transduce a force in the toes (downwards, ground reaction upwards), your

heel will not transduce anything but just lift off!

Therefore, unless you glue the foot to the ground, you can not transduce

horizontal torques.

That was the theory. Now, I don't know how sensitive Kistler plates are,

but I think they are really sensitive. If you would have someone walking

barefoot on them and the feet are slightly sweaty, then on lift off you

would have adhesion effects between the foot and the plate (because of

the water and due to the fact that the foot is soft, even pronouncing

this effect). Therefore it might be that the Kistler plate in fact reads

negligibly small horizontal torques.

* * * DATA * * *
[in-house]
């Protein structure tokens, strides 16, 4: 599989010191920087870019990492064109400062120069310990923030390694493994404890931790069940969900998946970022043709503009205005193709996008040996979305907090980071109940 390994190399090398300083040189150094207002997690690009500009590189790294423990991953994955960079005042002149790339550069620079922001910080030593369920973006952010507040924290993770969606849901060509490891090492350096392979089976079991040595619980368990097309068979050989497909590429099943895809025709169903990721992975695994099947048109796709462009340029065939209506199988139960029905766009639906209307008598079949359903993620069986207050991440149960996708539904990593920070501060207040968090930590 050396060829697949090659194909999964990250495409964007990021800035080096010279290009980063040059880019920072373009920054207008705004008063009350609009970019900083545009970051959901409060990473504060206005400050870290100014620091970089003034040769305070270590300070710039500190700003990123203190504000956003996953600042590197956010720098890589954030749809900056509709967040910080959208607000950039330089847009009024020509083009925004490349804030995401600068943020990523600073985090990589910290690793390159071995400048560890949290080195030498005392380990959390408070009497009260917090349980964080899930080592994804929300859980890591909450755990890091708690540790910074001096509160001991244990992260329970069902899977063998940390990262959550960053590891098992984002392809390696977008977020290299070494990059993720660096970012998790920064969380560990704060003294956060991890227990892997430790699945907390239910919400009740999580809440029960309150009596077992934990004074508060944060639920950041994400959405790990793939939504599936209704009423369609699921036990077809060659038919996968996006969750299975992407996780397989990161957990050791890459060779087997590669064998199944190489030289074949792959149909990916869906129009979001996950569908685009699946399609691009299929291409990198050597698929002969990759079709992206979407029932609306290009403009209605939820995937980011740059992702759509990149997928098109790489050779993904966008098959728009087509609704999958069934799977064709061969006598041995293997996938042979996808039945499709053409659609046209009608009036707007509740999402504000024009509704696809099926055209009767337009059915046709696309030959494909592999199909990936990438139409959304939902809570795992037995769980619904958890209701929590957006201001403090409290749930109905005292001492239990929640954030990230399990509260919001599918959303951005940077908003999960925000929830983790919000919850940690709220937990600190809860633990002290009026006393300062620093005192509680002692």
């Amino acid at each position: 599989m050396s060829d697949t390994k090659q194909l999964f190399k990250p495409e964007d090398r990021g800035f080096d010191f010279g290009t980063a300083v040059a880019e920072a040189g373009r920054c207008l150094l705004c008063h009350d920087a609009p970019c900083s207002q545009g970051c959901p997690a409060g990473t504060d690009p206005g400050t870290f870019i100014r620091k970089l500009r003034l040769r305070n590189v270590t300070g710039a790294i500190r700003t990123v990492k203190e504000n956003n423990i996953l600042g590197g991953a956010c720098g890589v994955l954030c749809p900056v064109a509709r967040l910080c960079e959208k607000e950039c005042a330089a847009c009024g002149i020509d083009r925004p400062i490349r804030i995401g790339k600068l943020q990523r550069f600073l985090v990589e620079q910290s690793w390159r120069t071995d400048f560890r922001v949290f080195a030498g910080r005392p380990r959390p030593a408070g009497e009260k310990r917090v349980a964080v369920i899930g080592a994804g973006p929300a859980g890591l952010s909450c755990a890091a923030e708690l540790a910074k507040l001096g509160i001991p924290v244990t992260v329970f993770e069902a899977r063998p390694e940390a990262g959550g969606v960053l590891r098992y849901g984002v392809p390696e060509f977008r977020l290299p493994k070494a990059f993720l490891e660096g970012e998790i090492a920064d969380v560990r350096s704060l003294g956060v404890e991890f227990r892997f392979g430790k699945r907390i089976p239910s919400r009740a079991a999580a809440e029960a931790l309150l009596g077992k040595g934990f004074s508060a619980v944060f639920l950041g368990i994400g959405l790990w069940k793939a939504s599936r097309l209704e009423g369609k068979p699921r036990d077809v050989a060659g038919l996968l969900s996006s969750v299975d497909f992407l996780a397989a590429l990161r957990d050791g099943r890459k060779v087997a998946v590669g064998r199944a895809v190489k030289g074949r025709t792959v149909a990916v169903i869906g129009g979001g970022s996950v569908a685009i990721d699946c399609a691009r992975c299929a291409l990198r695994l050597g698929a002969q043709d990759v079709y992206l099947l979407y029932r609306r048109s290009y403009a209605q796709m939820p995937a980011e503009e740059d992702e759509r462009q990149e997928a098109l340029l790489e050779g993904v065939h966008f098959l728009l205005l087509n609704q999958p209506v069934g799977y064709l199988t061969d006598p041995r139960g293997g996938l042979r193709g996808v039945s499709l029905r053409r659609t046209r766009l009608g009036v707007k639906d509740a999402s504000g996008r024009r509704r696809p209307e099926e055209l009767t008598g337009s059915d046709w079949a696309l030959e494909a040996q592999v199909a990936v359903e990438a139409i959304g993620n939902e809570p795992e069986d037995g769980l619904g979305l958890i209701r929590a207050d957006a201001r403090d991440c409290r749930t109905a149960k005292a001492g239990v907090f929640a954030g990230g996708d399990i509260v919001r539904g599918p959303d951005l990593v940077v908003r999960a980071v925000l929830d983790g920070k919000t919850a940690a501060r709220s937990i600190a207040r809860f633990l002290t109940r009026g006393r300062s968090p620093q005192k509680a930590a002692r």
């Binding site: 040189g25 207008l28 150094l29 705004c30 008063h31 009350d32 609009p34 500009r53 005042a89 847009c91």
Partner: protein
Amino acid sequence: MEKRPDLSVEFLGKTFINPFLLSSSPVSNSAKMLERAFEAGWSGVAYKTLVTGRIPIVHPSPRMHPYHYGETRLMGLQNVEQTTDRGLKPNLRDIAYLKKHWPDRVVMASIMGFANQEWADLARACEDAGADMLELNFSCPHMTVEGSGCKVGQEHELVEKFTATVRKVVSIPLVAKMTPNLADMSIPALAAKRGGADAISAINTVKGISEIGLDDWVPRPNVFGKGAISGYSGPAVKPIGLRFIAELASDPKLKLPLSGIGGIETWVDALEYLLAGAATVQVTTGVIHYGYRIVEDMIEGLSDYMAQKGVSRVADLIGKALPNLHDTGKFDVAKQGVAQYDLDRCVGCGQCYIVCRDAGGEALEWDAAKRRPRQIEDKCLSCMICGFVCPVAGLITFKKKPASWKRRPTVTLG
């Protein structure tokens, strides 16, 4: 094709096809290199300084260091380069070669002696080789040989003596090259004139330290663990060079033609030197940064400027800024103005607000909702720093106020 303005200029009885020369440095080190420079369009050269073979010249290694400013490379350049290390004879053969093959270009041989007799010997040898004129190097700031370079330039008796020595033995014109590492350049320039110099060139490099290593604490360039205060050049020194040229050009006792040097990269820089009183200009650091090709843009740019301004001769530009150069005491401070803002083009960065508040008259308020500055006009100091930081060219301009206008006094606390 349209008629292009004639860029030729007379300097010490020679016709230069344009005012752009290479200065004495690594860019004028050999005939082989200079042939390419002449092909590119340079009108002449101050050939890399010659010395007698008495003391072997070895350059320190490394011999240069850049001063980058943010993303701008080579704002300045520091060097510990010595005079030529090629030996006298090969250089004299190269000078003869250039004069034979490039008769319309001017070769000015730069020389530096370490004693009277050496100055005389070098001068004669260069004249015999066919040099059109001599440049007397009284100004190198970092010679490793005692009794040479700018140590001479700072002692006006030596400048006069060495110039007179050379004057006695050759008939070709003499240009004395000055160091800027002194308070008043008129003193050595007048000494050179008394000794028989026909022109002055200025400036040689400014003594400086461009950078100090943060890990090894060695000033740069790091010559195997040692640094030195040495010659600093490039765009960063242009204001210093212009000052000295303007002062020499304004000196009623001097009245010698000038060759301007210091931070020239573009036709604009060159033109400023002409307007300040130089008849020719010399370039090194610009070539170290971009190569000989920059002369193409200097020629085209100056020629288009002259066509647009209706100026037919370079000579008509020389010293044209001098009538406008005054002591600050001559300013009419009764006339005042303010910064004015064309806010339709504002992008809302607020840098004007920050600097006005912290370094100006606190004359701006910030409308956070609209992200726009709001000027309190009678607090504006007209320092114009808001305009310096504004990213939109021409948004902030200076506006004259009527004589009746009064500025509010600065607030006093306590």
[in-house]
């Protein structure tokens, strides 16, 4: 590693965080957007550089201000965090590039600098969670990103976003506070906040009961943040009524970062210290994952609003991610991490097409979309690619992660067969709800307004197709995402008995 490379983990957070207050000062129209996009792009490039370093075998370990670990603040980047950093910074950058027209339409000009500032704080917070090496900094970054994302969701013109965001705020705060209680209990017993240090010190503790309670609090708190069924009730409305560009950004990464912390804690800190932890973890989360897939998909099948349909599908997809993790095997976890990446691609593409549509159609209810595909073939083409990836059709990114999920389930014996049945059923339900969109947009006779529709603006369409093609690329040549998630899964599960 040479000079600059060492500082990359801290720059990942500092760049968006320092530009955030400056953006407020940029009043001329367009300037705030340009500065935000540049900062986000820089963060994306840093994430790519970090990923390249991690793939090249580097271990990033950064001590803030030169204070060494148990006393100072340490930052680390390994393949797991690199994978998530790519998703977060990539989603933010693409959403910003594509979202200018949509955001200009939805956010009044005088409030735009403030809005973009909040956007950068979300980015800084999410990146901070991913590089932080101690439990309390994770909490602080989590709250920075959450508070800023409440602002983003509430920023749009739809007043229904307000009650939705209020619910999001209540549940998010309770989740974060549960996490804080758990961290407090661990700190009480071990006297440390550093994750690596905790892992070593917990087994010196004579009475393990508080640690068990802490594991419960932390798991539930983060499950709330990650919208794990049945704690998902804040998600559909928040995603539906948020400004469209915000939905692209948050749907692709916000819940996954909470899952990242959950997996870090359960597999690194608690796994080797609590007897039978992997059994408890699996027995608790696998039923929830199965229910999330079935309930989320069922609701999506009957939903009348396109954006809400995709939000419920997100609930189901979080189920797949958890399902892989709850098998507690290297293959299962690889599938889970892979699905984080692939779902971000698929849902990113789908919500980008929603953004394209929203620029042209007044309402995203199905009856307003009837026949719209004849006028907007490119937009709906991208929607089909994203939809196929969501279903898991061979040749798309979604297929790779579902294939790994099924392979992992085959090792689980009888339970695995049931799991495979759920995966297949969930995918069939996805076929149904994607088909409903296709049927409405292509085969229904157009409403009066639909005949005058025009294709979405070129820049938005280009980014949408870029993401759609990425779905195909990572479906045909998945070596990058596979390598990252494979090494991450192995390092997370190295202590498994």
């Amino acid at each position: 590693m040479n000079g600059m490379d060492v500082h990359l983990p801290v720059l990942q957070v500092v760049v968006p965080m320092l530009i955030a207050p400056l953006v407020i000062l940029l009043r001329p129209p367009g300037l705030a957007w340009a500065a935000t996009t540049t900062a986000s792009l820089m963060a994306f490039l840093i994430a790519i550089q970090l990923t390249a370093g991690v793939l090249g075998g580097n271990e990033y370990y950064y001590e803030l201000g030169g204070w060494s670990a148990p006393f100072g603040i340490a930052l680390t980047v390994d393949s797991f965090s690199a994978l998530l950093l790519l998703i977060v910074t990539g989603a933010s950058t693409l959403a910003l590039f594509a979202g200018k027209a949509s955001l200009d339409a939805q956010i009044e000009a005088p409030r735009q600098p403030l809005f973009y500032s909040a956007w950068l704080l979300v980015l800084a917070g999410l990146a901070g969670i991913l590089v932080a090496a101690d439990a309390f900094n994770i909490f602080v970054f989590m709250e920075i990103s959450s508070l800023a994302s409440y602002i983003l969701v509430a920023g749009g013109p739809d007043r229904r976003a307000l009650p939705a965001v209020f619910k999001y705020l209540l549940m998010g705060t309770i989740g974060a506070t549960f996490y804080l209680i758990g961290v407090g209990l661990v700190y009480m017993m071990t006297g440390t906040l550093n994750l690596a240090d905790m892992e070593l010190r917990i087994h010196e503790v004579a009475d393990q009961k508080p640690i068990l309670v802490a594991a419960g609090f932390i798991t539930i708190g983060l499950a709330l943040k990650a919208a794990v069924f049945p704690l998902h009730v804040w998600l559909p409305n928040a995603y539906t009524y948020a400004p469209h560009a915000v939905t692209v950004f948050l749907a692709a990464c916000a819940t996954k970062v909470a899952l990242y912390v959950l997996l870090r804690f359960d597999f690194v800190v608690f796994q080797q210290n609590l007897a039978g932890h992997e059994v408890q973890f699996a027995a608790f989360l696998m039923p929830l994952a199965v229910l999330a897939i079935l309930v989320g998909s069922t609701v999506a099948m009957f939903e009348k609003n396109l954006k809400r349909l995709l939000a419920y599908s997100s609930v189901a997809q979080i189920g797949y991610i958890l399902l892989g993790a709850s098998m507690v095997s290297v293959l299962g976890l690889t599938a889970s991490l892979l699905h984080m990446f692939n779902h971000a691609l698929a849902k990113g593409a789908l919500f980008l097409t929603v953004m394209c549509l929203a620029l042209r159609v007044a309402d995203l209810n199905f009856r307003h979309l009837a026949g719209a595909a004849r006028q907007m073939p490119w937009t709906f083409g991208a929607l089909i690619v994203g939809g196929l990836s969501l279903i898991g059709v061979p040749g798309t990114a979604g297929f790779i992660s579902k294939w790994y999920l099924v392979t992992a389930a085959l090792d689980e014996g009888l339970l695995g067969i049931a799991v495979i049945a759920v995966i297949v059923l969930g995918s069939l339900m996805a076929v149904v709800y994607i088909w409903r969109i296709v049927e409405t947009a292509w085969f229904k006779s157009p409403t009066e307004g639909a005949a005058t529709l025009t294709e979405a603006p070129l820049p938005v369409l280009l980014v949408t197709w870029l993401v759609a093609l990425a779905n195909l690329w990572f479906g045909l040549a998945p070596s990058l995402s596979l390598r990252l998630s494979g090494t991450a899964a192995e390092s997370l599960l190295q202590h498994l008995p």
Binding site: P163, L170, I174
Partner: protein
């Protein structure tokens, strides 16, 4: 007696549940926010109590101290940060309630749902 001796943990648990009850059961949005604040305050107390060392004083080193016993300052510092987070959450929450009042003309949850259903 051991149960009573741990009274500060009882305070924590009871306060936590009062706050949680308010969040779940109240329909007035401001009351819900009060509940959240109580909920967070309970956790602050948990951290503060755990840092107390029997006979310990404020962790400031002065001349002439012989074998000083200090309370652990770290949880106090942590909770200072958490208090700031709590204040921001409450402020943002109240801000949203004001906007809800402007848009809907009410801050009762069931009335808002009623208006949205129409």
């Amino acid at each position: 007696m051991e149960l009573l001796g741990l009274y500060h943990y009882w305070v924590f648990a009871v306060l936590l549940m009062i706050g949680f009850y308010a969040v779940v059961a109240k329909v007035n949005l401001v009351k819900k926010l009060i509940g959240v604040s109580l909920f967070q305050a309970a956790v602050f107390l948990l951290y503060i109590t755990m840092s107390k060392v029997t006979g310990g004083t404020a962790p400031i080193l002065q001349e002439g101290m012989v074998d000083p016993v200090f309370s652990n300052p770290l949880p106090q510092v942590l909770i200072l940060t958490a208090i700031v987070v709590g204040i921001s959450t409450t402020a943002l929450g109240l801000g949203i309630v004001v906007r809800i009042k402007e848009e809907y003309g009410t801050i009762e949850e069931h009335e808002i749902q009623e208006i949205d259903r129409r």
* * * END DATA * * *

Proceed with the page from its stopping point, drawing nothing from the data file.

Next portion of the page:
Imagine, for example, not a human but a gecko walking. The adhesion of

them to a blank surface is pretty high (can make them walk up the

walls), so my guess is you would read substantial horizontal torques in

them.

I hope this somewhat nonscientific explanation helped.

yours

Fritz

Replay5:

Dear Tomislav

Your mail is of a great interest, I used a force platform manufactured in

France (Captels, 34270 Saint Mathieu de Treviers, www.captels.com) which

allows to measure Tz but also Tx and Ty. I think these data are very

interesting in study of pathologic gait as in case of rotational

abnormalities of lower limbs. I used Tx end Ty in accordance with Fz

specially to calculate the angle of the foot relative to the walking

direction. So, I agree, Tx and Ty can be interesting to get but their

intensity is relative to the position of the foot on the plate and so can